Circle Dock - gHacks Tech News

Circle Dock

Circle Dock was another contribution to the Donation Coder Programming Challenge. It was an entry by Eric Wong who contributed not only this but another software program to the Challenge. Circle Dock is a program launcher, but not your usual stationary one. It is activated with a shortcut, the default one is CTRL Windows, and appears always with the mouse as its center.

This provides fast access to all programs, files, folders and applications that are accessible in the dock. The icons can shape as a circle or spiral around the center. The Circle Dock is placed on top of every other open window and remains on top even if another window is activated.

New items can be simply placed in the circle by dragging and dropping them into the center. They appear in the next free place of the circle. If no free space is available a new bigger circle is created where the icon will be placed. Icons can be moved around to place the most used applications near the center for easier access.

circle dock wheel

The mouse wheel rotates the icons in the circle and a left-click loads the selected application. The program comes with more than 20 skins that provide different shapes. It's pretty amazing how flexible that program is. You can add/remove application titles, backgrounds, increase or decrease fonts and sizes of pretty much everything so that the dock suits your needs in the end and blends perfectly with the rest of the desktop.

I'd like to mention a few interesting functions. Circle Dock is portable and Open Source. That in combination with the option to synchronize the dock with files that are located in a specified folder makes up for an interesting USB application launcher. This is also great in networks where every computer should have access to the same shortcuts. Circle Dock is also compatible with multi-monitor systems.

The software program requires Windows XP or Windows Vista in either the 32-bit or 64-bit version and the Microsoft .net Framework 3.5. The only thing that is lowering my enthusiasm for the application is the memory usage of 30 Megabytes of memory and virtual memory which is a lot for such an application.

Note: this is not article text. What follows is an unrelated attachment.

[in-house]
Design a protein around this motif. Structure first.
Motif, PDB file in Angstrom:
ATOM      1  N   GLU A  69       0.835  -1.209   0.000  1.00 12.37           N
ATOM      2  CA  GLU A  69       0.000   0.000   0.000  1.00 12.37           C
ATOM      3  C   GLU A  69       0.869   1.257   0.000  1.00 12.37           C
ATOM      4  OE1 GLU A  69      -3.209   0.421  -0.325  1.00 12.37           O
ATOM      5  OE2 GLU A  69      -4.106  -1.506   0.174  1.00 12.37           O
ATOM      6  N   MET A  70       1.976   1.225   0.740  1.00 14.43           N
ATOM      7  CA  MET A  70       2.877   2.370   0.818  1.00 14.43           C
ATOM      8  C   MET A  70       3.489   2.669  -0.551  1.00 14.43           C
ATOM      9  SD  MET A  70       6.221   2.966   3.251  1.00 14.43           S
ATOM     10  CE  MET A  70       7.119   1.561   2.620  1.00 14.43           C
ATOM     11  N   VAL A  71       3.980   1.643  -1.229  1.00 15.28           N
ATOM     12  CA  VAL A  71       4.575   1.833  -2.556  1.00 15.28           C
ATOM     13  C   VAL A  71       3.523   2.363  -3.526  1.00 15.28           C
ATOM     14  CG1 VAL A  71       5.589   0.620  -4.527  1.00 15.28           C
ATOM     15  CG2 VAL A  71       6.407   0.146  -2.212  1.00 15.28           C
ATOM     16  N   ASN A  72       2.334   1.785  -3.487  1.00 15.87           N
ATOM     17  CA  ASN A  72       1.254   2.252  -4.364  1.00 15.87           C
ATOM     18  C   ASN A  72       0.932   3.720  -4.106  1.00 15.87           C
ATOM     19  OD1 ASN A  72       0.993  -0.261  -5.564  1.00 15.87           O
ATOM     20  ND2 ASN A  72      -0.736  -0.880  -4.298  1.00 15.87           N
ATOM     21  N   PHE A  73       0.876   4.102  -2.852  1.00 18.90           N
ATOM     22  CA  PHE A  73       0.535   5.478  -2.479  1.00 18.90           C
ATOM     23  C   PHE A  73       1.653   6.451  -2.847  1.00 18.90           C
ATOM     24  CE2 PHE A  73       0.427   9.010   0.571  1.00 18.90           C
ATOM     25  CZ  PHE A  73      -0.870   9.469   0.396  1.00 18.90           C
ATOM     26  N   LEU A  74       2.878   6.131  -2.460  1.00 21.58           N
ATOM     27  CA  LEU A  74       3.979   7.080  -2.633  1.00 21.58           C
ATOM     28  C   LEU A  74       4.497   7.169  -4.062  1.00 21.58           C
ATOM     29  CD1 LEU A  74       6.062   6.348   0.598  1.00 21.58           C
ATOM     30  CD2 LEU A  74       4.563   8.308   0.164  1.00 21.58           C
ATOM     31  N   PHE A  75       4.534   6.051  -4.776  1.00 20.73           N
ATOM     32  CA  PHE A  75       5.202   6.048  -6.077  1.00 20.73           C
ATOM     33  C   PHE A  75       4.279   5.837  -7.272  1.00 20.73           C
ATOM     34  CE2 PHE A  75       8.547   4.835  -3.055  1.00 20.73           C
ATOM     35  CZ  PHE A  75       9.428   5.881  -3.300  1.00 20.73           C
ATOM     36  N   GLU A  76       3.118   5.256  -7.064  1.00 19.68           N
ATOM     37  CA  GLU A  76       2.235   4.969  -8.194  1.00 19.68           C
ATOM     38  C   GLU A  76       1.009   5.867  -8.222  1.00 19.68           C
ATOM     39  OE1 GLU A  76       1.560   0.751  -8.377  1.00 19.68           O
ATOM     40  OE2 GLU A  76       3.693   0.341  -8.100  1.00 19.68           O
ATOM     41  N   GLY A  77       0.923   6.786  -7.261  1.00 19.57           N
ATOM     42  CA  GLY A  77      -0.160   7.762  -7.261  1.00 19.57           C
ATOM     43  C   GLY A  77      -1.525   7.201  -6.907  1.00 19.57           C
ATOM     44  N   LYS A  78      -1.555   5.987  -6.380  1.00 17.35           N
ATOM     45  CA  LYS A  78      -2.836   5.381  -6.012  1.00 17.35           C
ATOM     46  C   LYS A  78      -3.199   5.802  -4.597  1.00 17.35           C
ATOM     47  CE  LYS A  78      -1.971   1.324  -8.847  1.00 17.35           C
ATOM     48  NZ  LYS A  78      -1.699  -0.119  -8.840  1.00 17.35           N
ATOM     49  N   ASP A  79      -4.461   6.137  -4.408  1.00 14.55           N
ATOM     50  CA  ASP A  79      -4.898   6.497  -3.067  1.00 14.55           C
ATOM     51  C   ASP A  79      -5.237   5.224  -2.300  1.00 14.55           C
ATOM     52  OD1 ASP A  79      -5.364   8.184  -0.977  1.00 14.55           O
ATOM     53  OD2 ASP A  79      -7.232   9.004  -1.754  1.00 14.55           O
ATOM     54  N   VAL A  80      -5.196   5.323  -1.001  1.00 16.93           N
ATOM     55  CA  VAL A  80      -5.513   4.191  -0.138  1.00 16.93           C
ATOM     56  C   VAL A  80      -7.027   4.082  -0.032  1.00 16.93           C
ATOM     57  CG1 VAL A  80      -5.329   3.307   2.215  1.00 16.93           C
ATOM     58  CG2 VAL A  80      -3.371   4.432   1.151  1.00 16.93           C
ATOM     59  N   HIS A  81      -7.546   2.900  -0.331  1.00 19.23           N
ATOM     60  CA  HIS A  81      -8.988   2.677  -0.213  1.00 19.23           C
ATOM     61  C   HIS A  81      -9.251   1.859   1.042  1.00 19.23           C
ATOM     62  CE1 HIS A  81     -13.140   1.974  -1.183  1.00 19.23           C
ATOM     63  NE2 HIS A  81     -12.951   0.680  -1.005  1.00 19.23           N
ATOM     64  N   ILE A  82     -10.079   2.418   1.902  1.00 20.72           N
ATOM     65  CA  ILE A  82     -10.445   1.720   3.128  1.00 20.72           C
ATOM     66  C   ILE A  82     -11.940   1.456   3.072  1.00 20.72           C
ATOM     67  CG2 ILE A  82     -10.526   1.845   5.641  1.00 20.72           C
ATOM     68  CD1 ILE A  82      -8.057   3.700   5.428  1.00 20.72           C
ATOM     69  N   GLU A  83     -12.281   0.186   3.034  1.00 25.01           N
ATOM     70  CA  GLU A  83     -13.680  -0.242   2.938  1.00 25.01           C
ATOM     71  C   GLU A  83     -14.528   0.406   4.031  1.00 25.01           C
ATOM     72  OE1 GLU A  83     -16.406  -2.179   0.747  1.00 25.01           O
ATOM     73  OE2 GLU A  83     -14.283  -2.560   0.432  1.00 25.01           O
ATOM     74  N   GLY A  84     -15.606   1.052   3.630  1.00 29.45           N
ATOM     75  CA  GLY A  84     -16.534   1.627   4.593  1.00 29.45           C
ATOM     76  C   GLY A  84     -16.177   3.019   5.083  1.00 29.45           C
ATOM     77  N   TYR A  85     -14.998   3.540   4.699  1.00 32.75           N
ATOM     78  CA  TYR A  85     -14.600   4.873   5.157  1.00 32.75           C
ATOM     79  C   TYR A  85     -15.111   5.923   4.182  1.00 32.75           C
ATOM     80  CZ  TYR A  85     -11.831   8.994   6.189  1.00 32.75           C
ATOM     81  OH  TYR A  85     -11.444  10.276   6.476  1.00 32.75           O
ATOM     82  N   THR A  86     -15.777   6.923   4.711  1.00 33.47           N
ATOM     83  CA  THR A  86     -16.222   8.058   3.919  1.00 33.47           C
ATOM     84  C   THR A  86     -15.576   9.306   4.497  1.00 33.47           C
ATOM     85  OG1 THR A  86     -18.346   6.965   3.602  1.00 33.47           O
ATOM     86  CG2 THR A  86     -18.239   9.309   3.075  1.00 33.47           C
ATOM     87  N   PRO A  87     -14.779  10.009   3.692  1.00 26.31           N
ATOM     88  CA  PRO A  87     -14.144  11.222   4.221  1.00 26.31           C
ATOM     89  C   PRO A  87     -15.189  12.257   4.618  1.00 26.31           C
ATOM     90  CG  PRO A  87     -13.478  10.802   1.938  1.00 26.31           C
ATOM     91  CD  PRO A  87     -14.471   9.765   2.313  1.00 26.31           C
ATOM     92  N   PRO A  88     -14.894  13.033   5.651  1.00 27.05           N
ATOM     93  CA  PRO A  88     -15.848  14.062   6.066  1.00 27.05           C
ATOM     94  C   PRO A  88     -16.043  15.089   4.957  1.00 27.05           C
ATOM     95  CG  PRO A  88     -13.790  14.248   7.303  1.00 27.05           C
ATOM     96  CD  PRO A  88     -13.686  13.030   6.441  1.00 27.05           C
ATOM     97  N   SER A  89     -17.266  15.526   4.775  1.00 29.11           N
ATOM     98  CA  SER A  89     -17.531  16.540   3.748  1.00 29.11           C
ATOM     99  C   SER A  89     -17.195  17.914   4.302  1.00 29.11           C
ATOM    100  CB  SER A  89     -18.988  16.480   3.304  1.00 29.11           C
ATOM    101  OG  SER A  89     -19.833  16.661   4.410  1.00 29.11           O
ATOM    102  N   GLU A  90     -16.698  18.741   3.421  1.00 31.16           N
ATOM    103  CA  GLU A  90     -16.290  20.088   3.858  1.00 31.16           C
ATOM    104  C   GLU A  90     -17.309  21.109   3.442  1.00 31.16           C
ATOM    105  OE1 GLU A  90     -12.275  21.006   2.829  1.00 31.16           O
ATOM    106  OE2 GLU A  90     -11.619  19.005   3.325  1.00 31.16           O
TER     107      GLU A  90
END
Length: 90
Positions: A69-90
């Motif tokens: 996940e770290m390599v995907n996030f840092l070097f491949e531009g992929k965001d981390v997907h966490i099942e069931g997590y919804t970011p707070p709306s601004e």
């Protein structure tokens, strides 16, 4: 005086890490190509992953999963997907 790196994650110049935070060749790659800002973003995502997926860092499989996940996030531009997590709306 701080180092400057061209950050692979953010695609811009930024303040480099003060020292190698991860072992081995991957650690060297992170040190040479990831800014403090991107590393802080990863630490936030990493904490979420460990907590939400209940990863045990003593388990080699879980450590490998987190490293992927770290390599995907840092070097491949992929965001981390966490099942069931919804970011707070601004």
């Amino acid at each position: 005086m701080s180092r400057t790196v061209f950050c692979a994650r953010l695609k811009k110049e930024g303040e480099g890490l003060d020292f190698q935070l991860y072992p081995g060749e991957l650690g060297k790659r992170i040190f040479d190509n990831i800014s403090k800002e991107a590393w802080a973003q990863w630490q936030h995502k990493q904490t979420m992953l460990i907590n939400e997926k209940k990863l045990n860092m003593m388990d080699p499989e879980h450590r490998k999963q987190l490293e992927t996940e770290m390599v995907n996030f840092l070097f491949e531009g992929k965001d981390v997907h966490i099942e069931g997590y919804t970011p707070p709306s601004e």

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Comments

  1. LethAL said on August 11, 2008 at 11:59 pm
    Reply

    .NET 3.5… that hardly makes it portable, then. Most XP computers will only have 1 or 2, and I think Vista only ships with 3. Apart from that, it seems like an interesting idea.

  2. MK said on August 12, 2008 at 2:58 am
    Reply

    For an application that stays in the background, 30 MB is huge.

  3. black dragon said on August 12, 2008 at 3:07 am
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    First I would like to point out that it’s very buggy. Many people who actually tried it found that it would crash or freeze when trying to add icons. Secondly it also supposedly does circles which made me think of Orbit Dock, I visited the site and found that the author had opened sourced the code for Orbit Dock earlier this year. Could be a good place to start.

  4. garbanzo said on August 12, 2008 at 9:00 am
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    i agree with LethAL, the .NET requirement spoils this app’s portability.

    here is a viable alternative. does not write to the registry – all settings are saved to an INI. but i’ve not played with it enough to know if it supports relative file paths to make it truly portable…

    http://tokyodownstairs.blogspot.com/2008/03/magic-formation.html

  5. GRTerrero said on August 12, 2008 at 2:52 pm
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    What? Isn’t the objective of a dock to clear your desktop of icon clutter? This seems to place it upfront and center…albeit in a circular fashion.

    I like my dock in a neat row and out of sight, thanks.

  6. Martin said on August 12, 2008 at 3:01 pm
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    GRTerrero I might not have mentioned it explicitly but the dock can be hidden with the same keyboard shortcut that is displaying it (Windows CTRL)

  7. Mosey said on August 13, 2008 at 3:26 am
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    I have to say I’d give the author at least a 3/4 for being inventive! With so many dockers and launchers around nowadays (I still stick with the earlier version of Launchy) it’s hard to break the mold, and I think the author has done that.

    I know nothing about .net (sorry) but the fact it has a high memory usage in the background already means I can’t use it on my laptop for the moment (unless I don’t want to do anything else) but hopefully this can be reduced overtime :)

    Thanks for the heads up about Circle Dock, Martin! ^^ I always like the articles about things from Donationcoder as well.

    @garbanzo: thanks for recommending Magic Formation. I will take a look!

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